Allen Lee
Allen's Story

Allen joined Watsi on July 27th, 2015. 29 other people also joined Watsi on that day! Allen's most recent donation supported Japhet, a four-year-old boy from Tanzania, for corrective surgery to help him walk.


Allen has funded healthcare for 13 patients in 6 countries.

Patients funded by Allen

Meet Namayani, a baby girl born in mid-March who lives with her family in Tanzania. "Namayani was born with a lesion on her lower back, which is leaking cerebrospinal fluid," our medical partner, African Mission Healthcare Foundation (AMHF), reports. "She also has hydrocephalus." As many as 90% of children with spina bifida also present with hydrocephalus. Spina bifida is a neural tube defect where part of the tube fails to develop properly, causing defects in the spine. Hydrocephalus occurs when there is a build-up of fluid in the brain, causing the head to swell. Because Namayani has both conditions, she is in need of treatment to prevent her head from increasing in size, as well as to protect her from contracting infections. If she goes untreated, "Namayani could end up blind or completely disabled," says AMHF. Though she's living with two serious conditions, Namayani is a sweet and quiet baby. "She is feeding well and only cries when hungry, wet, or held in a position which is uncomfortable," AMHF shares. To treat both of her conditions, Namayani will undergo surgery to repair the spine defect and will need a ventriculo-peritoneal shunt to drain the excess fluid from the brain to to the abdomen. The procedures, and her hospital stay, will cost $1,200. After treatment, Namayani will no longer be at risk of contracting an infection, and her head will cease to swell. Her parents, who have seven other children, are concerned for their new baby, and are eager to get the correct treatment for their daughter. "We just hope that our daughter will get well and grow up like other children," Namayani's father shares.

Fully funded

38-year-old Dah lives in Burma with her husband, her 18-year-old niece, and her three children. Our medical partner, Burma Border Projects (BBP), says that both Dah’s niece and 13-year-old daughter are in school. To support the family, Dah’s son earns a modest income working as a hunter. This past August, Dah felt a palpable mass in her abdomen caused by ovarian cysts. When her symptoms persisted, Dah initially sought medical care locally, but her condition was misdiagnosed and left untreated. Ovarian cysts are fluid-filled masses that develop within the uterus. BBP explains that without treatment, “Dah's abdomen is growing bigger everyday and she suffers from back pain. She did not want to seek treatment for her condition in Burma, because she knows that she would not be able to afford the medical costs.” For $1,500, Dah will receive a total abdominal hysterectomy--removing her uterus, cervix, and painful masses during a single operation. This treatment will alleviate Dah’s immediate symptoms and prevent her condition from recurring in the future. “Following surgery for ovarian cysts, Dah will no longer have bloating of her stomach and back pain,” BBP states. “After recovering, she will be able to commence looking for work in a local clinic.” Burma Children's Medical Fund, an organization that facilitates the transportation and treatment of Burmese people at Thai hospitals, is subsidizing this surgery by $1,421. "I want to get surgery for my condition so I don’t have to worry about that anymore," Dah shares. "When I have recovered from that, I would like to start working in a clinic and helping people. My first priority now is to get healthy and feel better. Then, I can continue with my dreams.”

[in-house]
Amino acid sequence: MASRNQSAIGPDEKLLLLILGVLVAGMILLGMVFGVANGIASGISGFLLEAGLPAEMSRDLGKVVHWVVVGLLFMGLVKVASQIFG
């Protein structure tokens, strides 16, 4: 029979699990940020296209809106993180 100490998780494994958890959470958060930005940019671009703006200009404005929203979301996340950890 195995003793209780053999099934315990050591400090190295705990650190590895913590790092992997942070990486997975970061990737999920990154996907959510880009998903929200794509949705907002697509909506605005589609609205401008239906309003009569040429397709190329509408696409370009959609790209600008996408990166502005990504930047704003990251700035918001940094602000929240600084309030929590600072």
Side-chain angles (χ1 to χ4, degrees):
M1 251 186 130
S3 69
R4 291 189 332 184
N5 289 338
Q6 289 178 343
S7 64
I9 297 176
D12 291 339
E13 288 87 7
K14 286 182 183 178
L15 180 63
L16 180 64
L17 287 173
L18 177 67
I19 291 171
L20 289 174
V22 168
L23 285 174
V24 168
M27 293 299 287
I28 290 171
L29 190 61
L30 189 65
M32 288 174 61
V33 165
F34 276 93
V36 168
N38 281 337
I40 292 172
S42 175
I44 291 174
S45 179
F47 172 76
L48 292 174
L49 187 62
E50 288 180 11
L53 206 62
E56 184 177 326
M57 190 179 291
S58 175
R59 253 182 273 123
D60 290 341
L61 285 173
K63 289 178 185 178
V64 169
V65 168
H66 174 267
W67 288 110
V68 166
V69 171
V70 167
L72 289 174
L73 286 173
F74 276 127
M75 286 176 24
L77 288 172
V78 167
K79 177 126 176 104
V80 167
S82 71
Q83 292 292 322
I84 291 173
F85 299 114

Fully funded

Meet Elvis, a 2-month-old baby boy from Kenya. Our medical partner, African Mission Healthcare Foundation (AMHF), tells us, “Elvis lives with his parents and three siblings in a grass-thatched mud-walled house.” Since birth, Elvis has faced health challenges due to congenital hydrocephalus. Hydrocephalus is a condition in which cerebrospinal fluid builds up within the brain. This fluid causes an increase in intracranial pressure, which can contribute to long-term health complications and interfere with important stages of childhood development. According to AMHF, without surgical intervention, Elvis' condition “may cause permanent brain damage, which could cause convulsions and visual impairment.” Elvis’ mother used to sell vegetables to earn an income, but now stays at home to take care of Elvis. His father “does any manual job that comes along on a casual basis” in hopes of being able to support the family. Despite their efforts, AMHF shares, “Most of the family income is spent taking care of Elvis, but it is not sufficient to cater for Elvis’ surgical care.” With $980, Elvis will undergo surgery to drain the excess CSF from his brain, reducing the intracranial pressure in his head. As part of his treatment, Elvis will receive five days of hospital care in addition to all of the necessary medical examinations—including ultrasounds and CT scans—to facilitate a successful operation and recovery. AMHF shares, “Elvis’ surgery will help reduce the excessive pressure in the brain and prevent visual impairment.” After surgery, Elvis will be able to resume normal childhood growth and development, paving the way for a healthier future. “I came here with faith because although I have no funds, I could no longer stand to see Elvis suffer. I am hoping that we will get help and he can be treated,” Elvis’ mother expresses.

Fully funded